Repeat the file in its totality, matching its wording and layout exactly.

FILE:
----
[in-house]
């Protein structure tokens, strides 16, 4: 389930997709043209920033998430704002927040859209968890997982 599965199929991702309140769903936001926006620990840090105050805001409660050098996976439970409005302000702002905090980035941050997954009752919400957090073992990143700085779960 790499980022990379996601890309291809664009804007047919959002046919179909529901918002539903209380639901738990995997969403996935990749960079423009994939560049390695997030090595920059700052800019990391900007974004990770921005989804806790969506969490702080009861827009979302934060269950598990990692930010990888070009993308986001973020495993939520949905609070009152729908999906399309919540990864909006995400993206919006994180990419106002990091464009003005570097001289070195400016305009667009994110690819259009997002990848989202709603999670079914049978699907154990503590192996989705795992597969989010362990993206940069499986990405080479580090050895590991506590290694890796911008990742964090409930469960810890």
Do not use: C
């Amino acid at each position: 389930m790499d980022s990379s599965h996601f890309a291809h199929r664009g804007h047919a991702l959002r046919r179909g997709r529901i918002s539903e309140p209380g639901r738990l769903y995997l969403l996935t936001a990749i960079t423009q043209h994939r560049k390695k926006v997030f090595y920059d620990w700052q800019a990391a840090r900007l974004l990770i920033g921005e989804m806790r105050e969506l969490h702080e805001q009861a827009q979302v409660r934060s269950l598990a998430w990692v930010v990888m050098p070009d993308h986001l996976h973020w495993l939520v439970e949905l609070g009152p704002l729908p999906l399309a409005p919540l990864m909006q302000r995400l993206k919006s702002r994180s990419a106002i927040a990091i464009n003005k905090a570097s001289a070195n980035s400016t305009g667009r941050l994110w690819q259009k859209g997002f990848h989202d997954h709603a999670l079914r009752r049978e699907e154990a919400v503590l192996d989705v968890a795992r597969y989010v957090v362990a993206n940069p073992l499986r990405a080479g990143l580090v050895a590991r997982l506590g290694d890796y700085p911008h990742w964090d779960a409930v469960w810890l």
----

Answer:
[in-house]
């Protein structure tokens, strides 16, 4: 389930997709043209920033998430704002927040859209968890997982 599965199929991702309140769903936001926006620990840090105050805001409660050098996976439970409005302000702002905090980035941050997954009752919400957090073992990143700085779960 790499980022990379996601890309291809664009804007047919959002046919179909529901918002539903209380639901738990995997969403996935990749960079423009994939560049390695997030090595920059700052800019990391900007974004990770921005989804806790969506969490702080009861827009979302934060269950598990990692930010990888070009993308986001973020495993939520949905609070009152729908999906399309919540990864909006995400993206919006994180990419106002990091464009003005570097001289070195400016305009667009994110690819259009997002990848989202709603999670079914049978699907154990503590192996989705795992597969989010362990993206940069499986990405080479580090050895590991506590290694890796911008990742964090409930469960810890």
Do not use: C
């Amino acid at each position: 389930m790499d980022s990379s599965h996601f890309a291809h199929r664009g804007h047919a991702l959002r046919r179909g997709r529901i918002s539903e309140p209380g639901r738990l769903y995997l969403l996935t936001a990749i960079t423009q043209h994939r560049k390695k926006v997030f090595y920059d620990w700052q800019a990391a840090r900007l974004l990770i920033g921005e989804m806790r105050e969506l969490h702080e805001q009861a827009q979302v409660r934060s269950l598990a998430w990692v930010v990888m050098p070009d993308h986001l996976h973020w495993l939520v439970e949905l609070g009152p704002l729908p999906l399309a409005p919540l990864m909006q302000r995400l993206k919006s702002r994180s990419a106002i927040a990091i464009n003005k905090a570097s001289a070195n980035s400016t305009g667009r941050l994110w690819q259009k859209g997002f990848h989202d997954h709603a999670l079914r009752r049978e699907e154990a919400v503590l192996d989705v968890a795992r597969y989010v957090v362990a993206n940069p073992l499986r990405a080479g990143l580090v050895a590991r997982l506590g290694d890796y700085p911008h990742w964090d779960a409930v469960w810890l």